5 Great Carolina State Parks

Parks 315

North and South Carolina are well-known for the beautiful sandy beaches along the Atlantic and the majestic Blue Ridge Mountains to the west, but the Carolinas are also home to 88 state parks with a variety of unique activities and programs for all ages.

In addition to camping and hiking, families can explore 17th-century Charleston, observe bald eagles, learn about aquatic life along our coastline, view a re-enactment of a Civil War battle and a lot more. Here’s a small sampling of the many great choices available in the Carolinas.

In North Carolina, most parks and interpretive programs are free, unless otherwise noted. Some parks do have parking, camping, and facility/equipment rental fees. Complete park information, including upcoming events, can be found at ncparks.gov.

Fort Macon State Park, Atlantic Beach

As you head to the beach this summer, learn about the Battle of Fort Macon during the Civil War at one of the most visited state parks in North Carolina. Enjoy summer concerts, musket-firing demonstrations and children’s activities on Saturday and Sunday.


Jordan Lake State Recreation Area, Apex

C.A.S.T. Catch a Sure Thing! Designed for kids ages 6-12, C.A.S.T. is a program led on the dock behind the Visitor Center on Saturdays through June and September and October from 9:30 to 11 a.m. Adults are on hand to help put worms on the hooks and take off the caught fish. Kids get a chance to learn about the fish before its released back in the lake. Typical catches include blue gill, grim, crappie and bass.

Canoe Hike. All skill levels are welcome as rangers lead groups on a paddle trip on one of three creeks: Robeson, Weaver and Beaver. Trips are for children ages 10 and up; younger children can participate with a parent paddler. Times and dates vary. Check the event calendar for more information. Advanced reservations required.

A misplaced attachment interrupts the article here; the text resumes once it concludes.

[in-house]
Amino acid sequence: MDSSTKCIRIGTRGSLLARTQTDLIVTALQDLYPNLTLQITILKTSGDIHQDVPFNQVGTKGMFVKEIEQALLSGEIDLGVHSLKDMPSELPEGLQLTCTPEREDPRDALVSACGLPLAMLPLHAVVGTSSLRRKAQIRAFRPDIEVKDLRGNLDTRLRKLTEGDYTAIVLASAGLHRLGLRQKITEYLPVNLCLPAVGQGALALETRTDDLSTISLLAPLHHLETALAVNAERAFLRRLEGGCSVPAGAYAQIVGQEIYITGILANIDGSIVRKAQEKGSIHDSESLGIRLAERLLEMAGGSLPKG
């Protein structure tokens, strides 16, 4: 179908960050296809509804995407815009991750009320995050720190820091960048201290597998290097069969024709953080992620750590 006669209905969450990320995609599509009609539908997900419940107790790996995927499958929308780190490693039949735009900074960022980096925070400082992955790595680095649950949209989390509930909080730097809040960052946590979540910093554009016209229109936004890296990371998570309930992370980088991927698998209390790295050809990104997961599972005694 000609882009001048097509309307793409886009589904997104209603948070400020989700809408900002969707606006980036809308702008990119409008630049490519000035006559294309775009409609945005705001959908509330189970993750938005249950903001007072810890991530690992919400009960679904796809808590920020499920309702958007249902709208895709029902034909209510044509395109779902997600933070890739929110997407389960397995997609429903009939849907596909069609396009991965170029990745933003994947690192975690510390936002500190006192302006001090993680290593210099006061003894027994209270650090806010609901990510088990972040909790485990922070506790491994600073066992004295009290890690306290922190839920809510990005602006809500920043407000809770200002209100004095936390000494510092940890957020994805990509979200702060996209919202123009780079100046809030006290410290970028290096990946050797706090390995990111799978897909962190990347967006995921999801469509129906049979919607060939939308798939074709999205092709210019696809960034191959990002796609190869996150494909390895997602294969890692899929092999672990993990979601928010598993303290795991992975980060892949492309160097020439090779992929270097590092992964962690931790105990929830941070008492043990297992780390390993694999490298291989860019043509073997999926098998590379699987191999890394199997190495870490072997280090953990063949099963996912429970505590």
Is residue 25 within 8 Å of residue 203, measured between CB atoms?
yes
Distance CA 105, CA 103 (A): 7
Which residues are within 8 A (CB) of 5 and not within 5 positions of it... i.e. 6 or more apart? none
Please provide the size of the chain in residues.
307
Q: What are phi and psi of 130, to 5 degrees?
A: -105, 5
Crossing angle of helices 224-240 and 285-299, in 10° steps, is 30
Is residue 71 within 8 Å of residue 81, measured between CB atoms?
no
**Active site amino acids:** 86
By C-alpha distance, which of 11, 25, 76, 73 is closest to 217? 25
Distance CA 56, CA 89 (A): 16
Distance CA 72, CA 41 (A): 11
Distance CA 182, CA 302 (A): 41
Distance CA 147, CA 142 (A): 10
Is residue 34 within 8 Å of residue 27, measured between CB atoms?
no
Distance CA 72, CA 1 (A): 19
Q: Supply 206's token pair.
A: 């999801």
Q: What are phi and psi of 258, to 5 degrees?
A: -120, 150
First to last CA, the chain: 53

Bald Eagle Observation. “Jordan Lake has a large number of bald eagles,” says Ranger Steve McMurray. “We currently have seven nesting pairs.” Visitors are encouraged to visit the Observation Deck on Martha’s Chapel Road to see if they can sport an eagle. “Every time I’ve been out there, I’ve always seen an eagle,” says McMurray, who admittedly says it can take up to two hours. But there are plenty of waterfowl to check out while you wait for an eagle to wing by.

Admission: $6 parking fee per day, $15 bus/van fee per day, charged daily Memorial Day through Labor Day and weekends/holidays in April, May and September.


Merchants Millpond State Park, Gatesville

Basic Kayaking. Coastal pond and southern swamp meet to create Merchants Millpond State Park, home to bald cypress trees and primitive fish species. Learn to kayak in this unique park. Classes are offered one Saturday each month. Children must be accompanied by an adult. Dates vary, and advanced registration is required. Canoe trips also offered.



South Carolina Parks have admission fees, which are usually under $5 per person for basic services, and under $10 for tours and living history sites. There might also be additional fees for parking, camping and facility/equipment rentals. Visit southcarolinaparks.com for more information.